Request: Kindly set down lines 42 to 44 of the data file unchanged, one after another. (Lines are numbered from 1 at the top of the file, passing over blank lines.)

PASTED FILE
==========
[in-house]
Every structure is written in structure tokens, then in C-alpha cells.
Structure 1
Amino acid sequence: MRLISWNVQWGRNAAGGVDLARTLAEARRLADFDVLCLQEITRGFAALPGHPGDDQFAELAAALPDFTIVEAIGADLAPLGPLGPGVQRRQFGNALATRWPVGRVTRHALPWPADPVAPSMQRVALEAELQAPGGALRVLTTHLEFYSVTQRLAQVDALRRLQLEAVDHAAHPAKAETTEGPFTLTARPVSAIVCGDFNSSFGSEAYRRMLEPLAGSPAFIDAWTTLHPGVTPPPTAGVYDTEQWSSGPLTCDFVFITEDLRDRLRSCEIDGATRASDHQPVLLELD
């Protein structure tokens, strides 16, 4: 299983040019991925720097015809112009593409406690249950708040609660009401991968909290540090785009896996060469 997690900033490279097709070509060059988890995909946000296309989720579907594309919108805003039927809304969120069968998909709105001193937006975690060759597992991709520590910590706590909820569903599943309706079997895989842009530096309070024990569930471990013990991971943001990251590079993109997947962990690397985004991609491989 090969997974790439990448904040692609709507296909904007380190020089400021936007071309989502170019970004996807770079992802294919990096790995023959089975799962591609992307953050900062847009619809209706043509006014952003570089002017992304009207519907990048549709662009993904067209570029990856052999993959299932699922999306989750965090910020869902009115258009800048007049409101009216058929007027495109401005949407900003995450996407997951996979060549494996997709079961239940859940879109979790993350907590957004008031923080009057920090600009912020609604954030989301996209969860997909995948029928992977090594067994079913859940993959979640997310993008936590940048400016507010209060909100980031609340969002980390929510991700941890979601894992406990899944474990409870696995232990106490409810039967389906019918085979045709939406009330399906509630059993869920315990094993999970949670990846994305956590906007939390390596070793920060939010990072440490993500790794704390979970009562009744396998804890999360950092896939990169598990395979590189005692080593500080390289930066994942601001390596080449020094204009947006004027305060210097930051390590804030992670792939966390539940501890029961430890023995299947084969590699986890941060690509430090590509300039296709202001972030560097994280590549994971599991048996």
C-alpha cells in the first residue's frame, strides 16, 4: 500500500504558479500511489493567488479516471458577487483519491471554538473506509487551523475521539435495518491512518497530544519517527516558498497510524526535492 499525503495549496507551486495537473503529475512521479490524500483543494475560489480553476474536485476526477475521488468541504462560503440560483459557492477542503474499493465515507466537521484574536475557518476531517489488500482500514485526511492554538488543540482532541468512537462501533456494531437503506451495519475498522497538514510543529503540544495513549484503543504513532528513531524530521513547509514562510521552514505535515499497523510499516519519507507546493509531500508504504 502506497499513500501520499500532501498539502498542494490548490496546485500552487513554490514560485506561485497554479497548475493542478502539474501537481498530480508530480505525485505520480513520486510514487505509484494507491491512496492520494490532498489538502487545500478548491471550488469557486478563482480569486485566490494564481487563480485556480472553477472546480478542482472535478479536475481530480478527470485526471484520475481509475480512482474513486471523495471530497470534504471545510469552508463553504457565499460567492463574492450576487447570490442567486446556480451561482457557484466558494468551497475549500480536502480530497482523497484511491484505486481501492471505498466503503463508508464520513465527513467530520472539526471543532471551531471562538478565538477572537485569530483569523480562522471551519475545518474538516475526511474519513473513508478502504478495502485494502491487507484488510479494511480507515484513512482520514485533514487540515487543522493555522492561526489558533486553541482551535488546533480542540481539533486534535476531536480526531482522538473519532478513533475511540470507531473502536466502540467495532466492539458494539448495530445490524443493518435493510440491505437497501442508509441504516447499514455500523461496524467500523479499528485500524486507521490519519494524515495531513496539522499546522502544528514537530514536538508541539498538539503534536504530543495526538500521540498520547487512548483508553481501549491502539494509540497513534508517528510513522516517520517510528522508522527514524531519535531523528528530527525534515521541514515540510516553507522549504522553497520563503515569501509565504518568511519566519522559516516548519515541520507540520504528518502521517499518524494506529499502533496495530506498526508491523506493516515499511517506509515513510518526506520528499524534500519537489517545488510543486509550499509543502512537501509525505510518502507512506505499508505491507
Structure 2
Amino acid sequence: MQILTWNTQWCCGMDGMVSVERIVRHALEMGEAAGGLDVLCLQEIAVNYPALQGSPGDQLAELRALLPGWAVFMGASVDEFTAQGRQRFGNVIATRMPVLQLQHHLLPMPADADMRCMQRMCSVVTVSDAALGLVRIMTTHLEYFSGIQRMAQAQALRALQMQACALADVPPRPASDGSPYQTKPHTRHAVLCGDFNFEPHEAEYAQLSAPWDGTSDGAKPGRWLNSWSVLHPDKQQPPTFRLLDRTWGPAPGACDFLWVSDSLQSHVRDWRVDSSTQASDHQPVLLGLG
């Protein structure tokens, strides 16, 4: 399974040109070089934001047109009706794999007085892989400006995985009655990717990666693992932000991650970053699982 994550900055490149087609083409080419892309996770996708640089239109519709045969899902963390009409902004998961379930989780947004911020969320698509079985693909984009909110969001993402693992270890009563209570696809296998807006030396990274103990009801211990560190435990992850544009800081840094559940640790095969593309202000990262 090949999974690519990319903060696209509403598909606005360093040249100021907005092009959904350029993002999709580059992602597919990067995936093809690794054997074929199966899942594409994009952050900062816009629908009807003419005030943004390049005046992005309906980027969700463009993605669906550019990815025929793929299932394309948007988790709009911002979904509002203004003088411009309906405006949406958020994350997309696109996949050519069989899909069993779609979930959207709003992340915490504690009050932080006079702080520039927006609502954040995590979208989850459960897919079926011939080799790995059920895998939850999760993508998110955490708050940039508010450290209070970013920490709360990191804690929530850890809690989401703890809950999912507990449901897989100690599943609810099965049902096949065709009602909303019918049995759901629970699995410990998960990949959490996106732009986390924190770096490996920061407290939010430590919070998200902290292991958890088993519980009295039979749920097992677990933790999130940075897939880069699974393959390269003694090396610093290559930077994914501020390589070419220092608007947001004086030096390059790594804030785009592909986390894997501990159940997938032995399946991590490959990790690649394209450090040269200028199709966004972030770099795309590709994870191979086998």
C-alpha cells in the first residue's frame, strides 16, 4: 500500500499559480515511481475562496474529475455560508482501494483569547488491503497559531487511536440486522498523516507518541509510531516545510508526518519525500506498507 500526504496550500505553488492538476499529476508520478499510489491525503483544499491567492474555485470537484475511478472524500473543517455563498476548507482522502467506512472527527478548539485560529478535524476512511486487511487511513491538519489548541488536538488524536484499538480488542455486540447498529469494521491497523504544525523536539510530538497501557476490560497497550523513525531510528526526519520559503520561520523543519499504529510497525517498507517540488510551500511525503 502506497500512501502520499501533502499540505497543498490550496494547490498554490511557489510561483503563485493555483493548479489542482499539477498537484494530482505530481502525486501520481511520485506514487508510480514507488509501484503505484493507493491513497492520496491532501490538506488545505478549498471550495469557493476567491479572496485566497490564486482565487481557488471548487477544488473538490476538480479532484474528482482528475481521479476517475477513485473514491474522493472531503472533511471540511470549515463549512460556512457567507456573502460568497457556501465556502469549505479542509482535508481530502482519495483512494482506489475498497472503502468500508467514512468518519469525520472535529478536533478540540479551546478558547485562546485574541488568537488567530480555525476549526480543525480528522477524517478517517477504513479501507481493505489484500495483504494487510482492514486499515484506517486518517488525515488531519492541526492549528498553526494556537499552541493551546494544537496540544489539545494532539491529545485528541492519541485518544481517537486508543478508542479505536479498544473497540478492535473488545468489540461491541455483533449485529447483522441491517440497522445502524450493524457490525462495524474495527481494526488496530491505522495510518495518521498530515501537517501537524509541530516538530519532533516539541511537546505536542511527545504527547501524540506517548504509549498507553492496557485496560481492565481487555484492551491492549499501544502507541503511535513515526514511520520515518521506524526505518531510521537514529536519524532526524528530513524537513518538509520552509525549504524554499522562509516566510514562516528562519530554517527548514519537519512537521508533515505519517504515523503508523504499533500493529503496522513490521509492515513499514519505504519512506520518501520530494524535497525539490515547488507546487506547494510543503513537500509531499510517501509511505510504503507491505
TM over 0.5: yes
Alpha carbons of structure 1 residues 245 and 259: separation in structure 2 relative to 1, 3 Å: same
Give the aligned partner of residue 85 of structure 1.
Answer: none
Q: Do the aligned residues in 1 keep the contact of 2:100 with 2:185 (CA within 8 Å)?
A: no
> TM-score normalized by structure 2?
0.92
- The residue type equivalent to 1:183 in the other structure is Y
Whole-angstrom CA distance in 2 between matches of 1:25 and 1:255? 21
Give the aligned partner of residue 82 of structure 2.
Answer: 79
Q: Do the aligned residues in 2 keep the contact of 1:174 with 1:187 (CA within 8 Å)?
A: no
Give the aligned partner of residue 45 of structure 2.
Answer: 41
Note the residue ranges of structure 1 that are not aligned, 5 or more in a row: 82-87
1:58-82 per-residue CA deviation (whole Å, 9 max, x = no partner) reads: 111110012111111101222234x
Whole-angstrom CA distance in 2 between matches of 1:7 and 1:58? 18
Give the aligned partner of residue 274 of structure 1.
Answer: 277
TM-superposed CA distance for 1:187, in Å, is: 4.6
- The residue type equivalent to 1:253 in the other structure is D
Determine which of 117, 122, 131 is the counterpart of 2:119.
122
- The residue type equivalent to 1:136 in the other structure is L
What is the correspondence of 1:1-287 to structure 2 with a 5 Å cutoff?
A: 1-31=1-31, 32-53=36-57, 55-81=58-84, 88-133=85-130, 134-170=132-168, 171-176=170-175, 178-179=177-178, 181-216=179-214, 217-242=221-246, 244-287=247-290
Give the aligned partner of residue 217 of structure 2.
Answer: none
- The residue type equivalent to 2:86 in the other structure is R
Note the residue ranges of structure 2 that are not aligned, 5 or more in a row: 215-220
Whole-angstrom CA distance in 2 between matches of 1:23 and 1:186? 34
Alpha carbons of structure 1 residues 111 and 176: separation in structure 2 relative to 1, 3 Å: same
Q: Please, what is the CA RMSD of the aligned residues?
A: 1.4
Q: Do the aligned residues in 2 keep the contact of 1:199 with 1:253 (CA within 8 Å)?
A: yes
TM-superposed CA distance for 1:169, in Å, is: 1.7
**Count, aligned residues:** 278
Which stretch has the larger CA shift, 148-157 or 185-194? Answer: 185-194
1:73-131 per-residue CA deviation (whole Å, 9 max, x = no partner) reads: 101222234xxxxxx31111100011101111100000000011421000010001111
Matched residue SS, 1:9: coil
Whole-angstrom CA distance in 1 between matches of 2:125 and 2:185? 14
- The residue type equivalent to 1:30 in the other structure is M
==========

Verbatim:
Note the residue ranges of structure 2 that are not aligned, 5 or more in a row: 215-220
Whole-angstrom CA distance in 2 between matches of 1:23 and 1:186? 34
Alpha carbons of structure 1 residues 111 and 176: separation in structure 2 relative to 1, 3 Å: same